Gemologists in Colombo say the gem is worth at least $100 million, but could sell for up to $175 million.
Star sapphires get their name from the six-pointed star-shaped reflection that appears on their surface when they are polished.
According to local media, the gem was discovered last August in Ratnapura, a town in southern Sri Lanka known as the "City of Gems."
The current owner, who refused to be identified, told Ceylon Today the sapphire was "destined to be a priceless museum piece" and that the stone is so big it "cannot set in any kind of jewelery."
"The moment I saw it, I decided to buy. I suspected that it might be the world's largest blue star sapphire. So I took a risk and bought it," the owner told the BBC.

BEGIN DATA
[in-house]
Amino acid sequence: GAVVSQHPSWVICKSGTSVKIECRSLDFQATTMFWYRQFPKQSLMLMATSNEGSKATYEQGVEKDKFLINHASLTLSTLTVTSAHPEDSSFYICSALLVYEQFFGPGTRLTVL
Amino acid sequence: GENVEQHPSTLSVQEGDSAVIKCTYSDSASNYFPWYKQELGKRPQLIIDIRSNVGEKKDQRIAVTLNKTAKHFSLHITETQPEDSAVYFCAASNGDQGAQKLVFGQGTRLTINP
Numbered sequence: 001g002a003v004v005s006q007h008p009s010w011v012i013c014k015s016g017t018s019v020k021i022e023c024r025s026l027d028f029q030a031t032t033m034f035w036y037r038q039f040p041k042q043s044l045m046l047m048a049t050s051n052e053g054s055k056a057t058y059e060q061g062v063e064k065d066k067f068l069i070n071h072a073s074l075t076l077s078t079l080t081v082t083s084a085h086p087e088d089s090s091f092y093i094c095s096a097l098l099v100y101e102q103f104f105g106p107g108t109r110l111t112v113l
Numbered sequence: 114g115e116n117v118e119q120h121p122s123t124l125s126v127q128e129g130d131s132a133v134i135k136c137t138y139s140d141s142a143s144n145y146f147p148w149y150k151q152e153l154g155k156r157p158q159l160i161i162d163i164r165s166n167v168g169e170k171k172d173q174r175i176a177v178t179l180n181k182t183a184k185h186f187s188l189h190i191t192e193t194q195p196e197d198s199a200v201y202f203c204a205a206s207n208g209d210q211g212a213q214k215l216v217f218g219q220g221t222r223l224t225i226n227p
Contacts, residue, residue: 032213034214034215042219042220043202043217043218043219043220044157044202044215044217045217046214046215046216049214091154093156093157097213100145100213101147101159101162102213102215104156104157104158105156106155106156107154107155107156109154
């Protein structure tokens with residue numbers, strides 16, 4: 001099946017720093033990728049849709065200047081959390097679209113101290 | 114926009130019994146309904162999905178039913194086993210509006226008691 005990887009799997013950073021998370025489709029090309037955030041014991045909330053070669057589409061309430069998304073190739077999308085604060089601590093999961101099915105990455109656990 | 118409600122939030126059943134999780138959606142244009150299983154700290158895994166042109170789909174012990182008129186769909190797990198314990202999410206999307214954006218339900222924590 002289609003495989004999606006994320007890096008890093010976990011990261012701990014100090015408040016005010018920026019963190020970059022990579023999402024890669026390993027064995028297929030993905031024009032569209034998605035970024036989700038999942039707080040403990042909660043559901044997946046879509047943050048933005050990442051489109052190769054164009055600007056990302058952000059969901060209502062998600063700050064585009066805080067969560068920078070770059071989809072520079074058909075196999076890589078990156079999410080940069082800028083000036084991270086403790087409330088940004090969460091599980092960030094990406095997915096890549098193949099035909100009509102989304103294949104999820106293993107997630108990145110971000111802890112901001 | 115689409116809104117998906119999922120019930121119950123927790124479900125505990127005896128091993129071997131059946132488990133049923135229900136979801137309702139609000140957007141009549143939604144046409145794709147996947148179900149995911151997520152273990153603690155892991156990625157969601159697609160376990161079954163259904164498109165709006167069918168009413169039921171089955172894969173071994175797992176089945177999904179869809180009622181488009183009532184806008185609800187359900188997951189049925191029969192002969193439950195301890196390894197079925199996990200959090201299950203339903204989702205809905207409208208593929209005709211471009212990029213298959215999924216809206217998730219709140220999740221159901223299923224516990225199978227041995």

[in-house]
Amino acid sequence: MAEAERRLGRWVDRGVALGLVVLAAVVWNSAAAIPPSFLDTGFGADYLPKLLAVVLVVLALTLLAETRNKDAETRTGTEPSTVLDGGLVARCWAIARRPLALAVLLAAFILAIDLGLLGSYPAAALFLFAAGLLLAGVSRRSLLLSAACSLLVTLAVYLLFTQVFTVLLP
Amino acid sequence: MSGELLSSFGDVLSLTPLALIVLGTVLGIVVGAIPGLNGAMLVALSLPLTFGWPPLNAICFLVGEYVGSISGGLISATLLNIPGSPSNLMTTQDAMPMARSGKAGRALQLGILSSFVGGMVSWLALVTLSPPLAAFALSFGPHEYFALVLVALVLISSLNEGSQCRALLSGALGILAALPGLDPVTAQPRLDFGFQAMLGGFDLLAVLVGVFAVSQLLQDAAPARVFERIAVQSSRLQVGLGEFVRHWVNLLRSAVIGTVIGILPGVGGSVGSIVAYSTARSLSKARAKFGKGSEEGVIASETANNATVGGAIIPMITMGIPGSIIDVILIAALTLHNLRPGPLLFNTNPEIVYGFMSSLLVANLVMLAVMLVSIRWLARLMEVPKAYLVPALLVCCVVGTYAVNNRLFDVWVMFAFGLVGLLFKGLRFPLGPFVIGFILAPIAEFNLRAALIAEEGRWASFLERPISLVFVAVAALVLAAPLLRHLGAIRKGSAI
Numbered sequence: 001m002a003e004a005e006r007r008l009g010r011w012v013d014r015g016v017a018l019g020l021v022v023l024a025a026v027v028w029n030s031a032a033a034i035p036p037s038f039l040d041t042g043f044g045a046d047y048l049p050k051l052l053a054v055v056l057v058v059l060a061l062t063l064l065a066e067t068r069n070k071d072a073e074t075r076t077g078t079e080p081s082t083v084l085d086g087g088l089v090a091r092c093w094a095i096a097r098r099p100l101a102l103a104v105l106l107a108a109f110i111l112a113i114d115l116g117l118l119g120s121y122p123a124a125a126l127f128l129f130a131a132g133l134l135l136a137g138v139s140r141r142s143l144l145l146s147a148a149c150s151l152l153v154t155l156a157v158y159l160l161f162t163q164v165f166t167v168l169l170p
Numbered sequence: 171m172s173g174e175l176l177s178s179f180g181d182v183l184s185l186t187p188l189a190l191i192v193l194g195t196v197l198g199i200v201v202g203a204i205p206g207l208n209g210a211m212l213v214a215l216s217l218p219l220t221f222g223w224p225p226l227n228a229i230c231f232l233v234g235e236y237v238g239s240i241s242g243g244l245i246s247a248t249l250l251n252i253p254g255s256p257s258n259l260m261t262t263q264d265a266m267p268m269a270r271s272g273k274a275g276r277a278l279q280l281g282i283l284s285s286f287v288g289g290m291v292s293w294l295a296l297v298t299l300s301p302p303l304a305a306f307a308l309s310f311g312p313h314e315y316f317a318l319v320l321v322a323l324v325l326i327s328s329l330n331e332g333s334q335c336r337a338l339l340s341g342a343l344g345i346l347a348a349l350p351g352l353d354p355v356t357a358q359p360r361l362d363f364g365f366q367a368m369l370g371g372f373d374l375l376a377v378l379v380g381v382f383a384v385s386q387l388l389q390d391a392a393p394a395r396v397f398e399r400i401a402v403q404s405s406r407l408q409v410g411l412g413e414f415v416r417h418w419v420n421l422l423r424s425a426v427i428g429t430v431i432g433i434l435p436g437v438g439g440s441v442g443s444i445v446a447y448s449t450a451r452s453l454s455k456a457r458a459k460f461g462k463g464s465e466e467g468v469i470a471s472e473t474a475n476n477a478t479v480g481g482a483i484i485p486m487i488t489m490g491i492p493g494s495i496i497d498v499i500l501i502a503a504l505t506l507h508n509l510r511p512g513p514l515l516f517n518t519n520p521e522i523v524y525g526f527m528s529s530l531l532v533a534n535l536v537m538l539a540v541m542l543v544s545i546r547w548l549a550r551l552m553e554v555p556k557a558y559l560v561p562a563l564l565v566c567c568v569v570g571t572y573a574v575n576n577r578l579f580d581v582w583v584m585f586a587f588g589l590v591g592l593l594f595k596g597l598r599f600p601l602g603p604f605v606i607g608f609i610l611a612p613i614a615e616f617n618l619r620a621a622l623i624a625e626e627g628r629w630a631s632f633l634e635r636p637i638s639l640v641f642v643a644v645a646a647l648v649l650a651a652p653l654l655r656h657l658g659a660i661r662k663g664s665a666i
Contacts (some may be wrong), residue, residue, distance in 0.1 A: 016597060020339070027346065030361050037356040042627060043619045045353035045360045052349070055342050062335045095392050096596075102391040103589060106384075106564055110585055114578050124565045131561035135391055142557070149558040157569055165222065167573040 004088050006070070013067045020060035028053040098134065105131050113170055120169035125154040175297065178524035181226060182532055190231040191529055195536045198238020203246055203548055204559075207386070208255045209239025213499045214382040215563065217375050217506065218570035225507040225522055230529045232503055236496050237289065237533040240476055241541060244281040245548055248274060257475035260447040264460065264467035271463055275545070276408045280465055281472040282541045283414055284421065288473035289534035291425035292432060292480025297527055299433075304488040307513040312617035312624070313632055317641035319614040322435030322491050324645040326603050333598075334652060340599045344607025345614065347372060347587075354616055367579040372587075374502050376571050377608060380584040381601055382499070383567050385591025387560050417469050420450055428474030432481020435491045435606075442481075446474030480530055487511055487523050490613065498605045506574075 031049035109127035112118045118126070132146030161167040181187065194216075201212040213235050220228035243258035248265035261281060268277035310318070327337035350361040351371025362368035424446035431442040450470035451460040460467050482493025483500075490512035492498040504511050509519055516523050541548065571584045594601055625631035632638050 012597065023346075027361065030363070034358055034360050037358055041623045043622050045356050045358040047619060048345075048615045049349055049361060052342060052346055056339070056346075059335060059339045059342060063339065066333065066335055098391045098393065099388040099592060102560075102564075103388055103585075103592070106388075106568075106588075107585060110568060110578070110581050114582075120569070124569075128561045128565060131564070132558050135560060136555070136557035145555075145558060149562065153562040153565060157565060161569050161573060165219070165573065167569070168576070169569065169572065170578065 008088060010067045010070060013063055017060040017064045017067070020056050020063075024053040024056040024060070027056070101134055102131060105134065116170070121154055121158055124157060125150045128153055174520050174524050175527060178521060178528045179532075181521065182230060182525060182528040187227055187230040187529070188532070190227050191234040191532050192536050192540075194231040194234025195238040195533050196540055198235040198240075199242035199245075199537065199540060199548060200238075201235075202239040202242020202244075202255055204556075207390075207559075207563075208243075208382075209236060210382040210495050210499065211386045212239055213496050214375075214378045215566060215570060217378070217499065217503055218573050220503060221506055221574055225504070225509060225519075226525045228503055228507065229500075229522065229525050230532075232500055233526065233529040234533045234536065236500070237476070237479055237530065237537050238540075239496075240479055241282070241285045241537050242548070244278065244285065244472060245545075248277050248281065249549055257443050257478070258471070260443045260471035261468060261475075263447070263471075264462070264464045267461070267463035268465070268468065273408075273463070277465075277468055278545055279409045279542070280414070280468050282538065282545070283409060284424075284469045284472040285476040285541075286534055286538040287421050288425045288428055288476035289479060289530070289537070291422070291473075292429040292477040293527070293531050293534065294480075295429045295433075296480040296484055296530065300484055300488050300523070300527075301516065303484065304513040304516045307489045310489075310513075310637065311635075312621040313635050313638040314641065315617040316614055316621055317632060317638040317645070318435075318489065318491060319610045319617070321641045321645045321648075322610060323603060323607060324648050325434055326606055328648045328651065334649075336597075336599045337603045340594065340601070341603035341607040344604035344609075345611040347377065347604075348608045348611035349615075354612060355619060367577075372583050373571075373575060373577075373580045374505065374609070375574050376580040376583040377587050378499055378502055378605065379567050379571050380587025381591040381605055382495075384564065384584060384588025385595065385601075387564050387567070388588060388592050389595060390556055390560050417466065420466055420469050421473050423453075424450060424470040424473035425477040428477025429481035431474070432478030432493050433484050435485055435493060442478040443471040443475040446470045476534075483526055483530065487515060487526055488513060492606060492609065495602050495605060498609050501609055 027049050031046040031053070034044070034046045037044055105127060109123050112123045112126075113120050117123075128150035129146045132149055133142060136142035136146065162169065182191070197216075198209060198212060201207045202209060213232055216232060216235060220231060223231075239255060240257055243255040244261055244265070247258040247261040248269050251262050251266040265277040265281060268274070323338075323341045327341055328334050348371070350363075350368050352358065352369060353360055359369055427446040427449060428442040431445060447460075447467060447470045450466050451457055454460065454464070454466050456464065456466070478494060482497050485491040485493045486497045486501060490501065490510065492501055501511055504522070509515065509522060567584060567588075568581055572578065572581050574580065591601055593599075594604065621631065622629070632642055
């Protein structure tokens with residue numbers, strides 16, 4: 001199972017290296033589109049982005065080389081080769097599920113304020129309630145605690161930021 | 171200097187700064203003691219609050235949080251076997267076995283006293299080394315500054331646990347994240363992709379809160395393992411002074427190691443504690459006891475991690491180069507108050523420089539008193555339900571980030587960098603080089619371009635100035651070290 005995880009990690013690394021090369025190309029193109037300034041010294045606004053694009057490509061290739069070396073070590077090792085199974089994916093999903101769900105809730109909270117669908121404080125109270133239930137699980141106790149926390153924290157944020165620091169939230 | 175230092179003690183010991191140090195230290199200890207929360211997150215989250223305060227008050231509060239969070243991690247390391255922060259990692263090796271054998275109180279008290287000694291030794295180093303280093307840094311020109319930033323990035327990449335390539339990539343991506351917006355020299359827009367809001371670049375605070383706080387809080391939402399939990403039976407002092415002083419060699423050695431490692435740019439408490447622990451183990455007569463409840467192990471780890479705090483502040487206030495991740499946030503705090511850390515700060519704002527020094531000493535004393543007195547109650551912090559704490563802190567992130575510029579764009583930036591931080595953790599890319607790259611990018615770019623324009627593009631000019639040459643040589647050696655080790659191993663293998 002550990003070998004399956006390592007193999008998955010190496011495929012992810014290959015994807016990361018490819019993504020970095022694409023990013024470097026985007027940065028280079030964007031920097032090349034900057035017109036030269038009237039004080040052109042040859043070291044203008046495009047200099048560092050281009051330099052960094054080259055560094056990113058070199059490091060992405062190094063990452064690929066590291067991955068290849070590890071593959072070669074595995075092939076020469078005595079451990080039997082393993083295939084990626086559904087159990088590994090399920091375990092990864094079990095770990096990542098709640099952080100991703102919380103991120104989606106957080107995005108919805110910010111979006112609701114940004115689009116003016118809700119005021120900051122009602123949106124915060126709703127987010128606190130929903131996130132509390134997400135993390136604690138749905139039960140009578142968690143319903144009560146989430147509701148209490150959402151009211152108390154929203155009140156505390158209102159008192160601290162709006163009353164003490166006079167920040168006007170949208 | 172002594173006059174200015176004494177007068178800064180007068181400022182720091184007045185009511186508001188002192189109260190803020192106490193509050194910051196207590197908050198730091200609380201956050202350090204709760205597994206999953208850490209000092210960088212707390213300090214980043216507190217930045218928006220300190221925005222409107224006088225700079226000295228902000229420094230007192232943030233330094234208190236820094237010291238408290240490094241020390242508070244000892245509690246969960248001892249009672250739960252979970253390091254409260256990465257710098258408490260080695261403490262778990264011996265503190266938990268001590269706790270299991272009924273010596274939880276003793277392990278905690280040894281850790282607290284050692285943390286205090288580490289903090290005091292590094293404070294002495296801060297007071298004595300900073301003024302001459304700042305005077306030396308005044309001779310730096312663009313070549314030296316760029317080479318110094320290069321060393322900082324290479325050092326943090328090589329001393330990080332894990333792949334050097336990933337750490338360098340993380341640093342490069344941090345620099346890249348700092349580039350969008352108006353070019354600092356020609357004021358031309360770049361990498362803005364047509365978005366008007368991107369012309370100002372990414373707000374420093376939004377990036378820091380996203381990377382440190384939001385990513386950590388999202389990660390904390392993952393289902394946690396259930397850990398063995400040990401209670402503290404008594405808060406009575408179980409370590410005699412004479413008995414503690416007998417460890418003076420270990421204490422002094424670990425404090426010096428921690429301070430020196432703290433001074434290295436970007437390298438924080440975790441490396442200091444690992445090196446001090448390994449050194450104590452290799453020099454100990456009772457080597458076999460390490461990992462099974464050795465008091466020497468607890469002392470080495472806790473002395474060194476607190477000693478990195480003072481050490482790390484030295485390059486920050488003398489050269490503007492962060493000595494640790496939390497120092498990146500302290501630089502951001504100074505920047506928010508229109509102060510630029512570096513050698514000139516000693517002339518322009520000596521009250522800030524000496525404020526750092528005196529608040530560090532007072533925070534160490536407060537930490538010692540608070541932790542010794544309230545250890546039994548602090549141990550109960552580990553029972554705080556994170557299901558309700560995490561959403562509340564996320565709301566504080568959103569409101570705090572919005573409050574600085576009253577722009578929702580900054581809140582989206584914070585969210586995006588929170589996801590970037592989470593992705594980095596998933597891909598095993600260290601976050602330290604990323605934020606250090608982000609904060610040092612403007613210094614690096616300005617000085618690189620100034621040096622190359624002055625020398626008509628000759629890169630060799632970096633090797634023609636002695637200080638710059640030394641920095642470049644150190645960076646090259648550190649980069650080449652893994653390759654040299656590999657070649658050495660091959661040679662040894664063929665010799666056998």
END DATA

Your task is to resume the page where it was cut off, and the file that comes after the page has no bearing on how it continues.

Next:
He is said to have called the gem "The Star of Adam," in line with the Muslim belief that the Prophet Adam came to Sri Lanka when God banished him from the Garden of Eden.
Sri Lanka's Minister of Industry and Commerce Rishad Bathiudeen said the country's gem exports had increased by 135%, from $70 million in 2010 to $165 million in 2014.
"It is projected that the global gem and jewelery demand would increase at an annual rate of 6% till 2020," Bathiudeen said in 2015.
The surge in demand may have been sparked by interest in the Duchess of Cambridge's engagement ring, formerly owned by Princess Diana, which features a large Ceylon Blue sapphire.
The National Gem and Jewellery Authority of Sri Lanka said the royal ring had increased sales and demand for Sri Lankan sapphires around the world.
Source - http://www.edition.cnn.com/
www.AusNewsLanka.com - The Online News Magazine for Sri Lankans in Australia